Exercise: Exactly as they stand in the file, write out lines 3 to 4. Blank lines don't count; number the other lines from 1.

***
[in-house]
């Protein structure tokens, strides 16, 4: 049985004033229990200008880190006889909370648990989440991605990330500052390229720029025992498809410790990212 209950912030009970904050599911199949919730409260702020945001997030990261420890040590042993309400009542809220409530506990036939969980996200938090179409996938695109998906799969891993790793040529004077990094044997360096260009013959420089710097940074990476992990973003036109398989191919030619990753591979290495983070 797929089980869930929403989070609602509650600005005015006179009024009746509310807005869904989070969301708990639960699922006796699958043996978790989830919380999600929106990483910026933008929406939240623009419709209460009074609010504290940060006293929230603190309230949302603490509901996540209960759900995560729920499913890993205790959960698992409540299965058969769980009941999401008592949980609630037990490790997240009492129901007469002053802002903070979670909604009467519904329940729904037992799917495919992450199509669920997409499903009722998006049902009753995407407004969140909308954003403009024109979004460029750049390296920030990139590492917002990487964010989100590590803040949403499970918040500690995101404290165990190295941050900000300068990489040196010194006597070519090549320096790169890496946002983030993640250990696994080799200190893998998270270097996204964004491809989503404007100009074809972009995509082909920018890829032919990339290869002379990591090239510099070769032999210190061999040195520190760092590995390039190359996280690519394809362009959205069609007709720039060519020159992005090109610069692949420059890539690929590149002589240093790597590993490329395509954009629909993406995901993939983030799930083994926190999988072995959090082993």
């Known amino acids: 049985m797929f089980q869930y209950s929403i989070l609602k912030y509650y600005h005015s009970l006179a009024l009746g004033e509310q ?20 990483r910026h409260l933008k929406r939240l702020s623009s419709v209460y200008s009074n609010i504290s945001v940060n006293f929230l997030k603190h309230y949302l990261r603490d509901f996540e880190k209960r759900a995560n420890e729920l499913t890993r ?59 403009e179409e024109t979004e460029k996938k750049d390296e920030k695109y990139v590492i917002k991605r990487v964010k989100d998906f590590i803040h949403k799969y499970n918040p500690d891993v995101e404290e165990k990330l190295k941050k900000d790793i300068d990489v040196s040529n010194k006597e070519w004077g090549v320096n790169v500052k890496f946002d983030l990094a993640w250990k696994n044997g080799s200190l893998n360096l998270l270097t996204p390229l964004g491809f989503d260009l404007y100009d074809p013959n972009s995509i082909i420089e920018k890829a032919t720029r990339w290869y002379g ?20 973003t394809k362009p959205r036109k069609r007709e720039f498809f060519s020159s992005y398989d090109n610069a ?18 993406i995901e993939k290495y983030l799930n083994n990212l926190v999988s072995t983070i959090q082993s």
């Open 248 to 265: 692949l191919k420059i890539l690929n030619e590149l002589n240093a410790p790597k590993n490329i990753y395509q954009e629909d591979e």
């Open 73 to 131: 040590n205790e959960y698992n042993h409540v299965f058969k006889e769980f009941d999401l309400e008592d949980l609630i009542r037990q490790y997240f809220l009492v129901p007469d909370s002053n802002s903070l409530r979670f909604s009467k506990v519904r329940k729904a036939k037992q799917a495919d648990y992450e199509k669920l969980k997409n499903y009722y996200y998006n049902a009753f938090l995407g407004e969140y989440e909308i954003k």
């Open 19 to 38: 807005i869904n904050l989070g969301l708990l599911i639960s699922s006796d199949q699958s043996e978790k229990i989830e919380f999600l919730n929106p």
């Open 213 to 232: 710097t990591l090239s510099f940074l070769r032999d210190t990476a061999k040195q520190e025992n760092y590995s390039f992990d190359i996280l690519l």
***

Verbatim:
């Known amino acids: 049985m797929f089980q869930y209950s929403i989070l609602k912030y509650y600005h005015s009970l006179a009024l009746g004033e509310q ?20 990483r910026h409260l933008k929406r939240l702020s623009s419709v209460y200008s009074n609010i504290s945001v940060n006293f929230l997030k603190h309230y949302l990261r603490d509901f996540e880190k209960r759900a995560n420890e729920l499913t890993r ?59 403009e179409e024109t979004e460029k996938k750049d390296e920030k695109y990139v590492i917002k991605r990487v964010k989100d998906f590590i803040h949403k799969y499970n918040p500690d891993v995101e404290e165990k990330l190295k941050k900000d790793i300068d990489v040196s040529n010194k006597e070519w004077g090549v320096n790169v500052k890496f946002d983030l990094a993640w250990k696994n044997g080799s200190l893998n360096l998270l270097t996204p390229l964004g491809f989503d260009l404007y100009d074809p013959n972009s995509i082909i420089e920018k890829a032919t720029r990339w290869y002379g ?20 973003t394809k362009p959205r036109k069609r007709e720039f498809f060519s020159s992005y398989d090109n610069a ?18 993406i995901e993939k290495y983030l799930n083994n990212l926190v999988s072995t983070i959090q082993s």
């Open 248 to 265: 692949l191919k420059i890539l690929n030619e590149l002589n240093a410790p790597k590993n490329i990753y395509q954009e629909d591979e």